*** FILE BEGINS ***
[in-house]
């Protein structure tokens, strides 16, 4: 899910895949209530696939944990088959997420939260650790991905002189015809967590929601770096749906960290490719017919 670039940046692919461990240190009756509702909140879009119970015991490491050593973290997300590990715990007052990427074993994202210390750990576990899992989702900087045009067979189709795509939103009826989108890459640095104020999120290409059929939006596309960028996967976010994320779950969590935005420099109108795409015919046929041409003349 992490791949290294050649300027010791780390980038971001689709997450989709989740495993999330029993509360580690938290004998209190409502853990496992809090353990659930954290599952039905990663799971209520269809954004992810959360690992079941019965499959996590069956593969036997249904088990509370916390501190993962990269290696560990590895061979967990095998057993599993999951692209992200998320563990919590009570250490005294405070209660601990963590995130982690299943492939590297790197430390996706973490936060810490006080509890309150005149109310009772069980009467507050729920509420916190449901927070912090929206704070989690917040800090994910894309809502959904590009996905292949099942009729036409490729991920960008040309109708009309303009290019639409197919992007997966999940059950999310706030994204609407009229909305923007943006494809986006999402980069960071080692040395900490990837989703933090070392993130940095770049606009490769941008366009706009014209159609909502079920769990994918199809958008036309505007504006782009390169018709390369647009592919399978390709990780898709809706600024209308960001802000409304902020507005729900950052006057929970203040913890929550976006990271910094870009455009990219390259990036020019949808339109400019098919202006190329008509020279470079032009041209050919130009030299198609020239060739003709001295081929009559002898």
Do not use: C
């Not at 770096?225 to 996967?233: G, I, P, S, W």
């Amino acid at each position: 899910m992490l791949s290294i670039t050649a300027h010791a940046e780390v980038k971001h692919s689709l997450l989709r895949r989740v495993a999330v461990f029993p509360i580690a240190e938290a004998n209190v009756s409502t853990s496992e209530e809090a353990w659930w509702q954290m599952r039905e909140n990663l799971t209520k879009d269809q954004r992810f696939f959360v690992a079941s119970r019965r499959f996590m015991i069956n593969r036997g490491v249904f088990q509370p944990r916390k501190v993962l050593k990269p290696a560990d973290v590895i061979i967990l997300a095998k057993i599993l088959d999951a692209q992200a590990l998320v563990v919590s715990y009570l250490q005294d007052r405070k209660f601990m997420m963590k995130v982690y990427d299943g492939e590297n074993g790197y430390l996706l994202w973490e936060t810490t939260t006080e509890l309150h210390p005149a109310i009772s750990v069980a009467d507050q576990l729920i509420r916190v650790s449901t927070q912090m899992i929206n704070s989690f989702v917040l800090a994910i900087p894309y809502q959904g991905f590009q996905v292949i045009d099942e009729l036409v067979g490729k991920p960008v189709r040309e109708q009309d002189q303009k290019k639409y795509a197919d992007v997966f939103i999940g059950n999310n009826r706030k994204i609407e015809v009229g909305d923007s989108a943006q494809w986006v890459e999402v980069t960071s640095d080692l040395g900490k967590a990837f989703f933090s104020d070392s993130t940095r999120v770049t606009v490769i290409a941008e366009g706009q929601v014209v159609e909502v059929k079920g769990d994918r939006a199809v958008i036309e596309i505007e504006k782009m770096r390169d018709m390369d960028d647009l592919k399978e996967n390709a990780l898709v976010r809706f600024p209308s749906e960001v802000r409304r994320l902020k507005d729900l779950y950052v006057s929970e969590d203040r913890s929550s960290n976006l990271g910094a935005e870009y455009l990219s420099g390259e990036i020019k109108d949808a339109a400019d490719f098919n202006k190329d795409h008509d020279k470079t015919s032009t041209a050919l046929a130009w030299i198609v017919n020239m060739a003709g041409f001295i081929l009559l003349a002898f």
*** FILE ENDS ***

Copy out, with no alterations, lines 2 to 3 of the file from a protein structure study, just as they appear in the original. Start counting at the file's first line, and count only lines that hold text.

């Protein structure tokens, strides 16, 4: 899910895949209530696939944990088959997420939260650790991905002189015809967590929601770096749906960290490719017919 670039940046692919461990240190009756509702909140879009119970015991490491050593973290997300590990715990007052990427074993994202210390750990576990899992989702900087045009067979189709795509939103009826989108890459640095104020999120290409059929939006596309960028996967976010994320779950969590935005420099109108795409015919046929041409003349 992490791949290294050649300027010791780390980038971001689709997450989709989740495993999330029993509360580690938290004998209190409502853990496992809090353990659930954290599952039905990663799971209520269809954004992810959360690992079941019965499959996590069956593969036997249904088990509370916390501190993962990269290696560990590895061979967990095998057993599993999951692209992200998320563990919590009570250490005294405070209660601990963590995130982690299943492939590297790197430390996706973490936060810490006080509890309150005149109310009772069980009467507050729920509420916190449901927070912090929206704070989690917040800090994910894309809502959904590009996905292949099942009729036409490729991920960008040309109708009309303009290019639409197919992007997966999940059950999310706030994204609407009229909305923007943006494809986006999402980069960071080692040395900490990837989703933090070392993130940095770049606009490769941008366009706009014209159609909502079920769990994918199809958008036309505007504006782009390169018709390369647009592919399978390709990780898709809706600024209308960001802000409304902020507005729900950052006057929970203040913890929550976006990271910094870009455009990219390259990036020019949808339109400019098919202006190329008509020279470079032009041209050919130009030299198609020239060739003709001295081929009559002898």
Do not use: C